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NASA 'nauts wrap last spacewalk of shuttle era

Clapped-out ISS ammonia unit stowed aboard Atlantis

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NASA 'nauts Mike Fossum and Ron Garan have wrapped the last spacewalk of the shuttle era, during which they successfully stowed a clapped-out International Space Station ammonia pump in Atlantis's cargo bay.

 Mike Fossum and Ron Garan exiting the Quest airlock at the beginning of today's EVA. pic: NASA TVThe pump is the same unit which failed at the end of July last year, knocking out half of the ISS's cooling system. Spacewalkers Tracy Caldwell Dyson and Doug Wheelock heroically battled the troublesome device, eventually replacing it with a new box and leaving the dead kit outside the station for later retrieval.

During today's 6 hour, 31 minute EVA, Fossum and Garan also installed the Robotic Refueling Mission (RRM) experiment onto a platform on the Special Purpose Dexterous Manipulator, aka Dextre.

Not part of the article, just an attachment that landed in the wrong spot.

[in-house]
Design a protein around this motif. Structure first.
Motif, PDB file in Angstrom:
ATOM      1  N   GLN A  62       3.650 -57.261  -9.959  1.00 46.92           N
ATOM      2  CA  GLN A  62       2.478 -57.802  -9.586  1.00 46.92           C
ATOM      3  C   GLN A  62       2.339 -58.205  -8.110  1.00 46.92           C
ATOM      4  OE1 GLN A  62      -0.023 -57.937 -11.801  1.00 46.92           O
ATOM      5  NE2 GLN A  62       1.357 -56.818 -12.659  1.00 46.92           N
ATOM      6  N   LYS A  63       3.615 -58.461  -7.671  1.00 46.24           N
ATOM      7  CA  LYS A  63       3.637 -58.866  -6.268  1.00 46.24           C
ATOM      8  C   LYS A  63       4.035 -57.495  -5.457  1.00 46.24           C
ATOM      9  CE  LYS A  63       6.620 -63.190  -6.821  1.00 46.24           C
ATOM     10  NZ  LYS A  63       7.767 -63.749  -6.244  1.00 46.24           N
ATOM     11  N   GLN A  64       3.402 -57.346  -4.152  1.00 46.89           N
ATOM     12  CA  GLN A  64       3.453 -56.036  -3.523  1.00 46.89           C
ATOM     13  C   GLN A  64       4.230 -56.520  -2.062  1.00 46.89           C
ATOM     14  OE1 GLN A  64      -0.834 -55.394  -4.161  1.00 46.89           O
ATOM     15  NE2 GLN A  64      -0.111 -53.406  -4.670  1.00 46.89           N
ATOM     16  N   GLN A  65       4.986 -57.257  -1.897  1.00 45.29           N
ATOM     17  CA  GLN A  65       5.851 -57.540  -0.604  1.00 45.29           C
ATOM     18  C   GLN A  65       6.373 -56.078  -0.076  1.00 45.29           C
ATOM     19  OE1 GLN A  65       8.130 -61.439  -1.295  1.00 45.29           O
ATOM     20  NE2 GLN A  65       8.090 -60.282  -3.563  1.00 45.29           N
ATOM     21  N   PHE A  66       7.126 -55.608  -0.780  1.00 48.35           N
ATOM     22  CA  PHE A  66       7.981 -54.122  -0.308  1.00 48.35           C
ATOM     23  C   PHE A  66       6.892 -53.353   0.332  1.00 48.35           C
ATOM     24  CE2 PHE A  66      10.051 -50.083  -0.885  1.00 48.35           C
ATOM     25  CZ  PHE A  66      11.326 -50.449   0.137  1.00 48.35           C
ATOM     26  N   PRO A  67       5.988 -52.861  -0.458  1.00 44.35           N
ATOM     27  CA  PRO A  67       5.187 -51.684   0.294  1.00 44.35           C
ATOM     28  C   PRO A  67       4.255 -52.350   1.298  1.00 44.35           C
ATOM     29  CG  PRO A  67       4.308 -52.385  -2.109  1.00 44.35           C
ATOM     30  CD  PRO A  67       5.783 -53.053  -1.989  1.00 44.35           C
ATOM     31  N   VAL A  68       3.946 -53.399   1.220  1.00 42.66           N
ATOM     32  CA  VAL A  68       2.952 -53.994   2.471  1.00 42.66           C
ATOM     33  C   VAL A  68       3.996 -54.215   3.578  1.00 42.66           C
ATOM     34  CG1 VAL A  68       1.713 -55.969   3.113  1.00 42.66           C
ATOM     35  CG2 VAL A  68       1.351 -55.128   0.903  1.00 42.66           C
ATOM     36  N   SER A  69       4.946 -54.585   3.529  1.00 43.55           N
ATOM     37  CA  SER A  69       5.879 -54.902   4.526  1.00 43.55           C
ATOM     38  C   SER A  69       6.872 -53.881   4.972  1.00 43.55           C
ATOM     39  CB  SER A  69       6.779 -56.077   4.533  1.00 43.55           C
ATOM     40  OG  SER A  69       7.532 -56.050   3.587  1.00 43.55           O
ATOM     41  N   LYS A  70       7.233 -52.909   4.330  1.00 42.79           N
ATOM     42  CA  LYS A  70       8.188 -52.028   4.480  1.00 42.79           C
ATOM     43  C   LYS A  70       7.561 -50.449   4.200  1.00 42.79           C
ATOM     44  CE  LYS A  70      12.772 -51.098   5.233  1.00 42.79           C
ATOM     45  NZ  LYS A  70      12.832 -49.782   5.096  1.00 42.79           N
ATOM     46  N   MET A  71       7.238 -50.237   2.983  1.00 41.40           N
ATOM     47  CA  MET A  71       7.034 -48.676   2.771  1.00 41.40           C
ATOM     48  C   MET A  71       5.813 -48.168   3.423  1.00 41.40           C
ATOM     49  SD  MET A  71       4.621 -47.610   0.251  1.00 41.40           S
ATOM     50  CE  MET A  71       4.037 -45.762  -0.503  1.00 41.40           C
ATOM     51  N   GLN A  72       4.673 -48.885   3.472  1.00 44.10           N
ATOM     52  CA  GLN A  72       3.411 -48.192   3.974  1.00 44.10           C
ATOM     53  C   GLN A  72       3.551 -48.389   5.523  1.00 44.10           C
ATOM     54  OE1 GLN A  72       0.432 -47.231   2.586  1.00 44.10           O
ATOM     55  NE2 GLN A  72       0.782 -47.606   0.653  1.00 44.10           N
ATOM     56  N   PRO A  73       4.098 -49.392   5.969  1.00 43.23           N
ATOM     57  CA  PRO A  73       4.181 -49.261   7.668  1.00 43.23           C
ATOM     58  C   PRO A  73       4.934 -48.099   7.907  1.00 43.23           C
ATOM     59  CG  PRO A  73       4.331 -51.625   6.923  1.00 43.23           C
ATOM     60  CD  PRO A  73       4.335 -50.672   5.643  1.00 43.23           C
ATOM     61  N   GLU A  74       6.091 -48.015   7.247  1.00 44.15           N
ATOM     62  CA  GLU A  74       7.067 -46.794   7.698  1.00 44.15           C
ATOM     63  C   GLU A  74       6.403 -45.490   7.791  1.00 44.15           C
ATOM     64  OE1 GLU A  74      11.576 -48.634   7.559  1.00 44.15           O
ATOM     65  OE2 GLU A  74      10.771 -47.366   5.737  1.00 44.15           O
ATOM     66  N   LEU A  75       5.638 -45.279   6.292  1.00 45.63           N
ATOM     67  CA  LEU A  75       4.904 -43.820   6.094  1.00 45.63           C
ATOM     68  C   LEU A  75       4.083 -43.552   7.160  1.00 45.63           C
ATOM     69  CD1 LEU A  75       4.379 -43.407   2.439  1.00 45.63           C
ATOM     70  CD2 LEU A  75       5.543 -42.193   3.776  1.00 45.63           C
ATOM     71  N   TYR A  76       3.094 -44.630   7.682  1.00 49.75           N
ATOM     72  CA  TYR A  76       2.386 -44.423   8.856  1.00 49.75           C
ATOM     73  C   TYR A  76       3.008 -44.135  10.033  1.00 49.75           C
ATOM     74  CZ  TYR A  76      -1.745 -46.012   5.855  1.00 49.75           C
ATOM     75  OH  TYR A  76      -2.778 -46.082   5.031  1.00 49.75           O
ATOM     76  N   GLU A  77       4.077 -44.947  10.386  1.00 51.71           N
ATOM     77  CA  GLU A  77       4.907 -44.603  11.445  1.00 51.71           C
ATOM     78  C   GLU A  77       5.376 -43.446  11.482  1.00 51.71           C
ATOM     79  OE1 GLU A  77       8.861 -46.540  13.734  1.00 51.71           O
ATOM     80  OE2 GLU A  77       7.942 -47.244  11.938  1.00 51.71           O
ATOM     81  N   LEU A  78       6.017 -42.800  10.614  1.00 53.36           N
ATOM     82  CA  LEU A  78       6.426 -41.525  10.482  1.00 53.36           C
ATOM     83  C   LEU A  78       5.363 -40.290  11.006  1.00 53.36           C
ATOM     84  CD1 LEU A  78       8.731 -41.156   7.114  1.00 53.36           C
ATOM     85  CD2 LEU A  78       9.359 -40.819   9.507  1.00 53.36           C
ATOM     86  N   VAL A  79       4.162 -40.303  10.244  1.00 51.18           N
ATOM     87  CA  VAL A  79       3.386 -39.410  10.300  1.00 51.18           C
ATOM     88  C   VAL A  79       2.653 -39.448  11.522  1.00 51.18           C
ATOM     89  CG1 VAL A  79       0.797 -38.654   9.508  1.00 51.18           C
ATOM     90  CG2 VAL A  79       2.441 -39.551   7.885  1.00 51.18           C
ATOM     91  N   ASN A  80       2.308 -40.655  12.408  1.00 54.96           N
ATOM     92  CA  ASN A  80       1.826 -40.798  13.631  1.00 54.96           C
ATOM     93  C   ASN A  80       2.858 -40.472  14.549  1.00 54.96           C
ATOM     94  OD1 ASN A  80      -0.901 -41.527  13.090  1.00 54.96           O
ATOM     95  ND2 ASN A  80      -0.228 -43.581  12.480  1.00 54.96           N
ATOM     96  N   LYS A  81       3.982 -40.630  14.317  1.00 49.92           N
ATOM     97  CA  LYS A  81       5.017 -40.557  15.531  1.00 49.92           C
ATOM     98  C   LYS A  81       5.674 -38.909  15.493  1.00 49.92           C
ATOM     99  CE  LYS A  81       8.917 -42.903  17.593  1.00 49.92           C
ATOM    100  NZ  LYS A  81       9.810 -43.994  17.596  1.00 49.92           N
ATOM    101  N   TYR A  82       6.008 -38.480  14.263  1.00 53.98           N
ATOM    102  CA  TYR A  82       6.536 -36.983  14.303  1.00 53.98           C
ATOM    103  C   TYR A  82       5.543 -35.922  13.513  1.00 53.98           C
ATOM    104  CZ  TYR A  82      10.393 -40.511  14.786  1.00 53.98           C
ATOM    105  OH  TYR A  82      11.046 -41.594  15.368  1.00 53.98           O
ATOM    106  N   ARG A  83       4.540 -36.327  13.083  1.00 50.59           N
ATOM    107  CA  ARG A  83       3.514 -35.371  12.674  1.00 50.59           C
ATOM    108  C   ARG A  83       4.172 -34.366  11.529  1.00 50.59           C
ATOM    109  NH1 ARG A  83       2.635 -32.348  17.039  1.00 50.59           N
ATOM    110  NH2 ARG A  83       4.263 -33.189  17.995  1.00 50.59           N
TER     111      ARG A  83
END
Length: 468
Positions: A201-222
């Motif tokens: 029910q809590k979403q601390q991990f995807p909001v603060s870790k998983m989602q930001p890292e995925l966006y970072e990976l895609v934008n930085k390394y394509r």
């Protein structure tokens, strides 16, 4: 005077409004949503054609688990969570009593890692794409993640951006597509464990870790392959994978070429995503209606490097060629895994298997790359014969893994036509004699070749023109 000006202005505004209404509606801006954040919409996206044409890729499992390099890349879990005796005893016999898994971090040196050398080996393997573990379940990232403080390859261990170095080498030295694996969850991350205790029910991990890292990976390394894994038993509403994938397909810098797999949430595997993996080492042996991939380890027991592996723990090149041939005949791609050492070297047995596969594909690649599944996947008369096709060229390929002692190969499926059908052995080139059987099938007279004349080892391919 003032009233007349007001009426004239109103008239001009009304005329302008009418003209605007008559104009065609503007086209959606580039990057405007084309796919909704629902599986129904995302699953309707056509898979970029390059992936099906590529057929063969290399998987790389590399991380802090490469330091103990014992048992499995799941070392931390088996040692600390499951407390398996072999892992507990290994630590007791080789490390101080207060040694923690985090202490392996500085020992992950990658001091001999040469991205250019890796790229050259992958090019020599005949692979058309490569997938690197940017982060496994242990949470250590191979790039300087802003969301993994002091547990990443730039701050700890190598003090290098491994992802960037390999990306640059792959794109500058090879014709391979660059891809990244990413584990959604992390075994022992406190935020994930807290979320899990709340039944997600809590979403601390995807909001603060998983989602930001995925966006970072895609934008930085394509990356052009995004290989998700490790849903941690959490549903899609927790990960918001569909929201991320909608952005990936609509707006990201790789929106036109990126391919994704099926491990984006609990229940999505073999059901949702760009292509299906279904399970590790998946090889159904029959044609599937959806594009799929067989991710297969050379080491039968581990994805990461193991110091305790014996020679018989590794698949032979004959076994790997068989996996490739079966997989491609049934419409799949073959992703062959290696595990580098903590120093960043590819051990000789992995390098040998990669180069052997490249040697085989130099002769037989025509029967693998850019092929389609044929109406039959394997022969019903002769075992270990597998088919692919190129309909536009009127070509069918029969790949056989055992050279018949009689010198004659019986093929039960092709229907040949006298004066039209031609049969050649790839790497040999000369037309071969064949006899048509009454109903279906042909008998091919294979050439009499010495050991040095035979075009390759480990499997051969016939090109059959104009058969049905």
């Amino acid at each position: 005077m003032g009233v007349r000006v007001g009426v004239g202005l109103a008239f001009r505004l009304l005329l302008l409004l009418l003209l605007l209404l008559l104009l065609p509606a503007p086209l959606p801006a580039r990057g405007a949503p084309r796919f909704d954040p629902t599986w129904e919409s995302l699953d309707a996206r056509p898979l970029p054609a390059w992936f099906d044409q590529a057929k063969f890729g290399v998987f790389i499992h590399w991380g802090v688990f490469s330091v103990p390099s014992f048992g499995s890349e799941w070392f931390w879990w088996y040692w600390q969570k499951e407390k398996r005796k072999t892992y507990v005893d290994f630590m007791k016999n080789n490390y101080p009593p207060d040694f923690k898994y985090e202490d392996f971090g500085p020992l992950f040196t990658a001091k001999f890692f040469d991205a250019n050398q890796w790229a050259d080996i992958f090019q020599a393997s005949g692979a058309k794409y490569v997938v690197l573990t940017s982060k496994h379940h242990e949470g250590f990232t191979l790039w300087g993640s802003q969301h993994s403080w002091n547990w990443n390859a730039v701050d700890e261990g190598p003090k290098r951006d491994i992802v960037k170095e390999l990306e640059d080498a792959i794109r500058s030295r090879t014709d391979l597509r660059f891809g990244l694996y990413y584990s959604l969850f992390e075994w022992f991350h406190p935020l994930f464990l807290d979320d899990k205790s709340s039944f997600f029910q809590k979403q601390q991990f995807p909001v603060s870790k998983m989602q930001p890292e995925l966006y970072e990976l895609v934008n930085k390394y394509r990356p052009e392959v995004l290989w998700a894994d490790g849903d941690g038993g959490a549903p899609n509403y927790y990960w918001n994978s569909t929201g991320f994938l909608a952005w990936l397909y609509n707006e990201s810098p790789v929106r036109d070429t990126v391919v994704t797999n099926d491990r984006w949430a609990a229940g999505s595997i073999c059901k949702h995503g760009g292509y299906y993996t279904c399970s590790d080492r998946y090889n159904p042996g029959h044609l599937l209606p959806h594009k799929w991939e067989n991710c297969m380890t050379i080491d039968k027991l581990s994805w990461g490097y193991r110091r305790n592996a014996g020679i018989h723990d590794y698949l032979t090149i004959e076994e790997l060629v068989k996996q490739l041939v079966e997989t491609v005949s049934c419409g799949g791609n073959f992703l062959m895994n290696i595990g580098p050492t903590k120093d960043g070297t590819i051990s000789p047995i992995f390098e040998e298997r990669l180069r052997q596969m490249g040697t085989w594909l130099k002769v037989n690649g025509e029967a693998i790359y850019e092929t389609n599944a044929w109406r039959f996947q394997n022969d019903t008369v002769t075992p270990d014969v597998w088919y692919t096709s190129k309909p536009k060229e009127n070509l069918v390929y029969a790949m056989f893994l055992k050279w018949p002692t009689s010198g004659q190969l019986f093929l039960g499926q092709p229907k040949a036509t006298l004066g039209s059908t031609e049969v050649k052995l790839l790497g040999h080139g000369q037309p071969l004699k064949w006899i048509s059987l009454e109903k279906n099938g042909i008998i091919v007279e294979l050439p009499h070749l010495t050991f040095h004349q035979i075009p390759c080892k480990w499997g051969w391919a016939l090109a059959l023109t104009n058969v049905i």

NASA explains: "In the future, the RRM will demonstrate robotic refueling technology and techniques using Dextre, four unique RRM tools and an RRM enclosure filled with refueling components and activity boards.

"The tests will demonstrate that remote-controlled robots can perform refueling tasks in orbit, using commands sent from controllers on Earth. RRM is expected to reduce costs and risks, and lay the foundation for future robotic servicing missions."

To wrap their excursion's major tasks, the pair installed the Optical Reflector Materials Experiment, part of the Materials on International Space Station Experiment - 8 (MISSE-8), which is designed as "a test bed for materials and computing elements" which are "evaluated for the effects of atomic oxygen, ultraviolet, direct sunlight, radiation, and extremes of heat and cold".

There's more on Atlantis's swansong STS-135 mission right here. ®

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